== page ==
Not everyone has been so charitable.  Montel Williams, a former Marine had these comments:

"Let’s remember that Coburn voted to send young people, like Clay Hunt, to fight two wars that weren’t remotely paid for and exploded the debt he professes to be so concerned about. In my view, it’s the height of hypocrisy, having so thrown fiscal discipline to the wind to fight two wars, to suddenly invoke it in preventing passage of legislation aimed at keeping those who fought those two wars from committing suicide." (Please see cite below in sources for additional comments from Mr. Williams.)

IAVA, the Iraq and Afghanistan Veterans of America, an organization advocating for Veterans of America's longest wars, had this to say:

“'This is why people hate Washington. Senator Coburn is the only person stopping this bill from becoming law,' said IAVA CEO and Founder Paul Rieckhoff. 'If Senator Coburn blocks the Clay Hunt SAV Act, an enduring part of his legacy will be killing an overwhelmingly supported bipartisan suicide prevention bill for our veterans. That has real implications. If it takes 90 days to revisit this issue in the next Congress, the statistics tell us that 1,980 additional veterans will die by suicide. Senator Coburn needs to think carefully about that number in addition to his concerns about the minimal financial costs of this bill.'”

Full disclosure:  I am a member of IAVA and consider Paul Rieckhoff a friend.  Paul helped me years ago obtain a pro bono expert witness for an Army Reserve Soldier I was representing.  We've stayed in touch over the years and I could not be more proud of him for what he's done leading IAVA.

Here's what Clay's Mom and Step-Dad said in a personal appeal to the Senator:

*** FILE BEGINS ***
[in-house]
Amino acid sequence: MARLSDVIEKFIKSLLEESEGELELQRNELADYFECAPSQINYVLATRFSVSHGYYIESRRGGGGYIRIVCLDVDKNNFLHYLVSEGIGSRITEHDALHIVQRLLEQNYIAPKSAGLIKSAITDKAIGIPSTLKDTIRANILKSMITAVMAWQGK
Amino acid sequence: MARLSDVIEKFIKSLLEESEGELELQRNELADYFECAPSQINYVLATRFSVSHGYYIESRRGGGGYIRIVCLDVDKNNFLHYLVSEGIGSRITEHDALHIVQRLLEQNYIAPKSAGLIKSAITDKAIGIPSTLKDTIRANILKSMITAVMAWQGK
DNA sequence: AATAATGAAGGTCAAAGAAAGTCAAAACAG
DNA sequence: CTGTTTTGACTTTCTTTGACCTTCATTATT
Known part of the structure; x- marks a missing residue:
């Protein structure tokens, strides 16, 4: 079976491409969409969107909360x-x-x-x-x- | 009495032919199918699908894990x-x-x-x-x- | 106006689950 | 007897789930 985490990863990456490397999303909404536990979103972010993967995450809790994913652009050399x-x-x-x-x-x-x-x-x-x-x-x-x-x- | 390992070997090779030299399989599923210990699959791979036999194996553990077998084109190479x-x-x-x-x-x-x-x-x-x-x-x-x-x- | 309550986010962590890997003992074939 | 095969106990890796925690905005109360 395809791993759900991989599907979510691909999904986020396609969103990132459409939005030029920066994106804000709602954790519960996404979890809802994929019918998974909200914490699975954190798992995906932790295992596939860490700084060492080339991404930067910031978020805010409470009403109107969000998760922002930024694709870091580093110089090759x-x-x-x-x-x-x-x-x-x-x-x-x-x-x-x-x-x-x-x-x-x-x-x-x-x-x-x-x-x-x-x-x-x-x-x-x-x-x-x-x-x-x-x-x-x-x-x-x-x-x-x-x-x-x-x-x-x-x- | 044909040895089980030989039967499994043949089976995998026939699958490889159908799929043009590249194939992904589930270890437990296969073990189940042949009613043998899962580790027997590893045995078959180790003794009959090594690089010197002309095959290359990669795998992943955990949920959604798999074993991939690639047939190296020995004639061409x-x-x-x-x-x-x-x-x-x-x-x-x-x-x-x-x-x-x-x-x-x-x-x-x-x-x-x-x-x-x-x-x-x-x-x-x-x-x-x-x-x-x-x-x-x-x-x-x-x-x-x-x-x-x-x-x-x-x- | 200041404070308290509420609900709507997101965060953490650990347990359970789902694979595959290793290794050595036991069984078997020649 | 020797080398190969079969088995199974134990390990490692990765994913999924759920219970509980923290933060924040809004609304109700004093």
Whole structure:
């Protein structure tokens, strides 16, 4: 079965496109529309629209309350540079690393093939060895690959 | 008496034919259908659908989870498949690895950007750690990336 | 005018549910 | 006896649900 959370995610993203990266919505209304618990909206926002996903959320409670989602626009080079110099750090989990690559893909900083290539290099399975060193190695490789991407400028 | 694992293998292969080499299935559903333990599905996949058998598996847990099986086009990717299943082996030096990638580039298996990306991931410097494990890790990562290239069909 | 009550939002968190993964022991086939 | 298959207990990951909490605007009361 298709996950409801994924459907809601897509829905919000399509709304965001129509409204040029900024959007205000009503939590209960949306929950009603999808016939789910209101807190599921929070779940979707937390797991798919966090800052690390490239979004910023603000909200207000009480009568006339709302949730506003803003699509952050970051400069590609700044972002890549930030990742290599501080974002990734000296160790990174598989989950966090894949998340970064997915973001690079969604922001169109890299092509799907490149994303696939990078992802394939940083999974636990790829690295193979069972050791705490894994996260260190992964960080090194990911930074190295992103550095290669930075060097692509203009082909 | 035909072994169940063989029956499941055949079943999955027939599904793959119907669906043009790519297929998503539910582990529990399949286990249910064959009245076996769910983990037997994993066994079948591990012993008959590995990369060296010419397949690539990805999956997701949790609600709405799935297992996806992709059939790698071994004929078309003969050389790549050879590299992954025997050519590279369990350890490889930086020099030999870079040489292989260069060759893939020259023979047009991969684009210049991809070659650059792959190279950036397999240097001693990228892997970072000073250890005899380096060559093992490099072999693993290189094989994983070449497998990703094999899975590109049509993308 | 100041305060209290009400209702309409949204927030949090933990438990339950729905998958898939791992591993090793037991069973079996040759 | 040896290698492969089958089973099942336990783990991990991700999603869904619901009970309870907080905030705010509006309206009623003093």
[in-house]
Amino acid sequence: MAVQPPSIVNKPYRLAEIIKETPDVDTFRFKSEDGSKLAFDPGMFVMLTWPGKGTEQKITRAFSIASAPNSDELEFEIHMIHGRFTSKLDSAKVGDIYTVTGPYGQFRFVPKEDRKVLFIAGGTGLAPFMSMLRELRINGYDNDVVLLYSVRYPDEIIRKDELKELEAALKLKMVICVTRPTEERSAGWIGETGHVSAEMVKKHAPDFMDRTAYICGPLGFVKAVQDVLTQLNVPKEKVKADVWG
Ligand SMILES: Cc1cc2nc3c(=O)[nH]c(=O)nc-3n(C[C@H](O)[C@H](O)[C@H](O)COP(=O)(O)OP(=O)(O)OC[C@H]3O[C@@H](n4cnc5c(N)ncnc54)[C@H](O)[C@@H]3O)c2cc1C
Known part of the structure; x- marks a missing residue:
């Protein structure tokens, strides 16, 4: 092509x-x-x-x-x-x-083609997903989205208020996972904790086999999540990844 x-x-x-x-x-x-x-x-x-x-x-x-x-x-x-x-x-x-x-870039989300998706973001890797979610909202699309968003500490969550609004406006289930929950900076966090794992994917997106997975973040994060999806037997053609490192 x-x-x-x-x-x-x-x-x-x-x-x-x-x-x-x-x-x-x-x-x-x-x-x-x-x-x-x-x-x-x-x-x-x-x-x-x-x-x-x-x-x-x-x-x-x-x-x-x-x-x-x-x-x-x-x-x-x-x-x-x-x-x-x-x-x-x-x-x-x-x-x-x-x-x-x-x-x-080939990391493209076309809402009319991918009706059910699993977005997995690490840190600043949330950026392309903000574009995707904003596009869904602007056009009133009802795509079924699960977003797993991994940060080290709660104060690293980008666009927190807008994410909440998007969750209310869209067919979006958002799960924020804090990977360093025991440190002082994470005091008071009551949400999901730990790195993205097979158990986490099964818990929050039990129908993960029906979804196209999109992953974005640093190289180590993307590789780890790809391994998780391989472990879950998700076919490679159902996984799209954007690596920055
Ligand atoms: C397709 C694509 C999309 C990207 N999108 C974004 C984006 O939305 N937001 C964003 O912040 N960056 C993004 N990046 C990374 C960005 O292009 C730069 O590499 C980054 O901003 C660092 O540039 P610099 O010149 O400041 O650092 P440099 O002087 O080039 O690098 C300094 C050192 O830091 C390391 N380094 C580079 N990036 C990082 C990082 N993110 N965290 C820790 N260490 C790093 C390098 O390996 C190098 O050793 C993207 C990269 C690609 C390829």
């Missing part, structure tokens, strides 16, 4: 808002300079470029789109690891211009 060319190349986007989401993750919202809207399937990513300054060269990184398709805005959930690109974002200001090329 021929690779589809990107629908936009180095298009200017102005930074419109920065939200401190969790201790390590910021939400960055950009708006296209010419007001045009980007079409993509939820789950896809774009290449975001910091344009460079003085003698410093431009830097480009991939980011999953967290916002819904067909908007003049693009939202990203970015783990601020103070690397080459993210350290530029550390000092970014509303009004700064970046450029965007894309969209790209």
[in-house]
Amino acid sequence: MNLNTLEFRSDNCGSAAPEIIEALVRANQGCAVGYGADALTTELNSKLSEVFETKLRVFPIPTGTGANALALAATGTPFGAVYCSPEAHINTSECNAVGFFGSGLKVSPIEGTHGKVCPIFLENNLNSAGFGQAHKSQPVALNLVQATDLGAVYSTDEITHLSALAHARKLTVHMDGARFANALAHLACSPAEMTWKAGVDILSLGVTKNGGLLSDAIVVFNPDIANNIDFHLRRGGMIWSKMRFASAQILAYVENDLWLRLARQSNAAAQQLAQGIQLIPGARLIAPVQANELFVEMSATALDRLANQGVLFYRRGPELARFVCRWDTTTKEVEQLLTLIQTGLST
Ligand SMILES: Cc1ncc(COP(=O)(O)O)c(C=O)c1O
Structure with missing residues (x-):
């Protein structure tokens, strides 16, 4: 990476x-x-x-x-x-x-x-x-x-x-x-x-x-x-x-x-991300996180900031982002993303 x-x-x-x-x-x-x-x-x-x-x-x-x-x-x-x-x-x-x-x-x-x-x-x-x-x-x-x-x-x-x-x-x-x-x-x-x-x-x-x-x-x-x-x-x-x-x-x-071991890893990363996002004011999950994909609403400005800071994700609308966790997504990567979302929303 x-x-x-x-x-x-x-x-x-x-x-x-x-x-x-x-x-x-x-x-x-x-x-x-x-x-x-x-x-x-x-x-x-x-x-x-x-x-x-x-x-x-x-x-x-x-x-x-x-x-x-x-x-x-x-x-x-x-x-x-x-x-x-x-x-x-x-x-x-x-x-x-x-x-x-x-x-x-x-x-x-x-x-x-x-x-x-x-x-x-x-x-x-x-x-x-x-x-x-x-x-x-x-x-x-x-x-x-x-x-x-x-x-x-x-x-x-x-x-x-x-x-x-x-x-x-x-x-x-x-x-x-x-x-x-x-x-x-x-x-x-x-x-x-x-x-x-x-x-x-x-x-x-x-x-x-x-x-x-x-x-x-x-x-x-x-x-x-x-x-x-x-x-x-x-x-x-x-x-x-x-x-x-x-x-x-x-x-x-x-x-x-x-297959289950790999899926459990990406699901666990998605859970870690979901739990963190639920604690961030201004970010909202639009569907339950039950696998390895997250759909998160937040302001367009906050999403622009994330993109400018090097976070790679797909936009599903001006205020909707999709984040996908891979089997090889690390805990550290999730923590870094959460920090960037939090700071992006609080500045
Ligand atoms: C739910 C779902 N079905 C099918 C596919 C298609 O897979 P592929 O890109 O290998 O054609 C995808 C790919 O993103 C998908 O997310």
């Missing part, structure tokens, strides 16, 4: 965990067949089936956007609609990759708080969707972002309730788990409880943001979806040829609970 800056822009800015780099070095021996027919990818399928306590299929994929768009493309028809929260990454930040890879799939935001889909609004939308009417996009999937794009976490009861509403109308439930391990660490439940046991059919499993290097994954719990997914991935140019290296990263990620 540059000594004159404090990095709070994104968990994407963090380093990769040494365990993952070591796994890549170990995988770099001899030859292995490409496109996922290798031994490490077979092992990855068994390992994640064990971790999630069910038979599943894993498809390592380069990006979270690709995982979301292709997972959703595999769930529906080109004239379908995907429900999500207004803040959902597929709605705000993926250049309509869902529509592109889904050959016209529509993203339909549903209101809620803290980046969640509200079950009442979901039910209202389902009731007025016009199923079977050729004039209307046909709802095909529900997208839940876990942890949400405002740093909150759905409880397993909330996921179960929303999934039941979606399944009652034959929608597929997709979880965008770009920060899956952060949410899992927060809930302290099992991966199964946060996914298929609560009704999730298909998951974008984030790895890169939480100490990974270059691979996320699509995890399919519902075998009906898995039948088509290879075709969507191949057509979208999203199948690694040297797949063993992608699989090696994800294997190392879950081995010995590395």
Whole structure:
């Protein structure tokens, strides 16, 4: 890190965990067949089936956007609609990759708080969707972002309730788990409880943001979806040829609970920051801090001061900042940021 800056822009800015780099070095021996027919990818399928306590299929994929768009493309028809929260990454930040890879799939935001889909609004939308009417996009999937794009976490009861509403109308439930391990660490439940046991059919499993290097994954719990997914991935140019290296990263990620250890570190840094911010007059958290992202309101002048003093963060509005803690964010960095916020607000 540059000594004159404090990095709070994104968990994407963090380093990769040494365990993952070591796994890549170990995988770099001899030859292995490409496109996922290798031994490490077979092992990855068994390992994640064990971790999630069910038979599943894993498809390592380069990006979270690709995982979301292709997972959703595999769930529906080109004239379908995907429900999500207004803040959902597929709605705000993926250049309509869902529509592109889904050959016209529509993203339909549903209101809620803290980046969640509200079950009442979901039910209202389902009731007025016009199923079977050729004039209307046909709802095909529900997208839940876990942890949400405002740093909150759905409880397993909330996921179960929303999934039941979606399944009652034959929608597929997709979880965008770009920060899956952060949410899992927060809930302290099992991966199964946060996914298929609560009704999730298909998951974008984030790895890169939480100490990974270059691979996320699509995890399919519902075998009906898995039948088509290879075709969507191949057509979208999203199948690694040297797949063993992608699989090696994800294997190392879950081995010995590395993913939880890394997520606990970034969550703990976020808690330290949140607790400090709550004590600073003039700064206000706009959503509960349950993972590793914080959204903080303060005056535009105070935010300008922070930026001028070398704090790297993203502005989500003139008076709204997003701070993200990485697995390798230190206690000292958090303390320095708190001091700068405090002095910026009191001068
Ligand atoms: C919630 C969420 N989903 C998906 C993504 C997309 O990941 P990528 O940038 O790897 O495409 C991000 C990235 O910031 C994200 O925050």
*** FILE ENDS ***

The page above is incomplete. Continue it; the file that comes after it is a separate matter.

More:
“I understand you are a man of principles, and that you very vehemently and painstakingly watch over our national budget,” said Selke. “Susan and I are conservative Republicans from the state of Texas. I appreciate your vigilance over our budget. The bill we are talking about is projected to cost about $22 million dollars. That’s a lot of money to me. It’s a lot of money to you. But in the context of the value of a human life, it is insignificant.”

So what's the impact of this bill not becoming law?  Another 22 veterans (times 90 days) will kill themselves.  Would this bill save all of them?  I highly doubt it.  It might only save a few.  Yet it is the right thing to do.

While on the subject of the number of suicides of Veterans, consider this:  The number of 22 Veteran suicides a day might be low.  From CNN:

"Every day, 22 veterans take their own lives. That's a suicide every 65 minutes. As shocking as the number is, it may actually be higher.

The figure, released by the Department of Veterans Affairs in February, is based on the agency's own data and numbers reported by 21 states from 1999 through 2011. Those states represent about 40% of the U.S. population. The other states, including the two largest (California and Texas) and the fifth-largest (Illinois), did not make data available."

There is a ton of data out there about why this number is low.  I'd suggest that as our Vietnam and Vietnam-era Veterans age, suicide for their age group will grow.  It may be tempting to lump it into substance abuse or chronic health issues.  However, if we're a nation that honors our Veterans, then we'll look at all the causes of why our heroes choose to stop living, either all at once or bit by bit.  I do have a few additional cites below on this issue and some other information on Senator Coburn's actions.  Out of fairness, I have included the C-SPAN link to his farewell speech in its entirety in the sources.